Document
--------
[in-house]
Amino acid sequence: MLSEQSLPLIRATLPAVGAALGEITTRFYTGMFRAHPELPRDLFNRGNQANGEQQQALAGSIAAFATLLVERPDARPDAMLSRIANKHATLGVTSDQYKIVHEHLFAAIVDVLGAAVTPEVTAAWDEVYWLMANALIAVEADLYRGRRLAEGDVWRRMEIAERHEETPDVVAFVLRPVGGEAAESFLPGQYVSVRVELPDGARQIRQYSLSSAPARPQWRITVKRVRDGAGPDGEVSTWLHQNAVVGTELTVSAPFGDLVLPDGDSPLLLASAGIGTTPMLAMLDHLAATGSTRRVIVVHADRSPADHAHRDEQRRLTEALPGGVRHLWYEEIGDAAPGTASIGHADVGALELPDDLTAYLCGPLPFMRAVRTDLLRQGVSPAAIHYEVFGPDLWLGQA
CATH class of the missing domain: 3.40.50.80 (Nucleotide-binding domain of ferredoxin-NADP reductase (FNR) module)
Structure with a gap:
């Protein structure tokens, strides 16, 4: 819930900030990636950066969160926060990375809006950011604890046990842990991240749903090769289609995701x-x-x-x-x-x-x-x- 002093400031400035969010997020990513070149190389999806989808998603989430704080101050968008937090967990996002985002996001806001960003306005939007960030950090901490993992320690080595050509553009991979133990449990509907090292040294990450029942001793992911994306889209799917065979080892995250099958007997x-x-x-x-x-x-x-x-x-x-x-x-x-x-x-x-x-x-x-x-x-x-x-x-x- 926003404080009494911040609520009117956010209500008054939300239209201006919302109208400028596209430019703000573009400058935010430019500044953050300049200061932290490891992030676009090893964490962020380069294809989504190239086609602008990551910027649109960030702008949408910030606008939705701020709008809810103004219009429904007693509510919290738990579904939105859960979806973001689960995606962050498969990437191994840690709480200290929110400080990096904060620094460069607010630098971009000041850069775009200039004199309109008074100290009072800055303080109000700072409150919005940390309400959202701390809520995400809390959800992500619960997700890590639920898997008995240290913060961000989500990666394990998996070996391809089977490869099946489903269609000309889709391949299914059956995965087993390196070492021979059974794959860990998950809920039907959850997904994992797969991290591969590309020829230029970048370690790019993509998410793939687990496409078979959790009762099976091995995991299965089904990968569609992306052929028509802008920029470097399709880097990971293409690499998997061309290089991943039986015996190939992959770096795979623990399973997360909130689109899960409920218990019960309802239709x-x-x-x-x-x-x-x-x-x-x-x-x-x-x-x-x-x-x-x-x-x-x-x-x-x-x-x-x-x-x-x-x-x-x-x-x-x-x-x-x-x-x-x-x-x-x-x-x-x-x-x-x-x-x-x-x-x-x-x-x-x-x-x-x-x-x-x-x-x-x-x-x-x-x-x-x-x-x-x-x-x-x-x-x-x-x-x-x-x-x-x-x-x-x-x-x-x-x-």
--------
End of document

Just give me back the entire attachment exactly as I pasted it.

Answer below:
[in-house]
Amino acid sequence: MLSEQSLPLIRATLPAVGAALGEITTRFYTGMFRAHPELPRDLFNRGNQANGEQQQALAGSIAAFATLLVERPDARPDAMLSRIANKHATLGVTSDQYKIVHEHLFAAIVDVLGAAVTPEVTAAWDEVYWLMANALIAVEADLYRGRRLAEGDVWRRMEIAERHEETPDVVAFVLRPVGGEAAESFLPGQYVSVRVELPDGARQIRQYSLSSAPARPQWRITVKRVRDGAGPDGEVSTWLHQNAVVGTELTVSAPFGDLVLPDGDSPLLLASAGIGTTPMLAMLDHLAATGSTRRVIVVHADRSPADHAHRDEQRRLTEALPGGVRHLWYEEIGDAAPGTASIGHADVGALELPDDLTAYLCGPLPFMRAVRTDLLRQGVSPAAIHYEVFGPDLWLGQA
CATH class of the missing domain: 3.40.50.80 (Nucleotide-binding domain of ferredoxin-NADP reductase (FNR) module)
Structure with a gap:
């Protein structure tokens, strides 16, 4: 819930900030990636950066969160926060990375809006950011604890046990842990991240749903090769289609995701x-x-x-x-x-x-x-x- 002093400031400035969010997020990513070149190389999806989808998603989430704080101050968008937090967990996002985002996001806001960003306005939007960030950090901490993992320690080595050509553009991979133990449990509907090292040294990450029942001793992911994306889209799917065979080892995250099958007997x-x-x-x-x-x-x-x-x-x-x-x-x-x-x-x-x-x-x-x-x-x-x-x-x- 926003404080009494911040609520009117956010209500008054939300239209201006919302109208400028596209430019703000573009400058935010430019500044953050300049200061932290490891992030676009090893964490962020380069294809989504190239086609602008990551910027649109960030702008949408910030606008939705701020709008809810103004219009429904007693509510919290738990579904939105859960979806973001689960995606962050498969990437191994840690709480200290929110400080990096904060620094460069607010630098971009000041850069775009200039004199309109008074100290009072800055303080109000700072409150919005940390309400959202701390809520995400809390959800992500619960997700890590639920898997008995240290913060961000989500990666394990998996070996391809089977490869099946489903269609000309889709391949299914059956995965087993390196070492021979059974794959860990998950809920039907959850997904994992797969991290591969590309020829230029970048370690790019993509998410793939687990496409078979959790009762099976091995995991299965089904990968569609992306052929028509802008920029470097399709880097990971293409690499998997061309290089991943039986015996190939992959770096795979623990399973997360909130689109899960409920218990019960309802239709x-x-x-x-x-x-x-x-x-x-x-x-x-x-x-x-x-x-x-x-x-x-x-x-x-x-x-x-x-x-x-x-x-x-x-x-x-x-x-x-x-x-x-x-x-x-x-x-x-x-x-x-x-x-x-x-x-x-x-x-x-x-x-x-x-x-x-x-x-x-x-x-x-x-x-x-x-x-x-x-x-x-x-x-x-x-x-x-x-x-x-x-x-x-x-x-x-x-x-």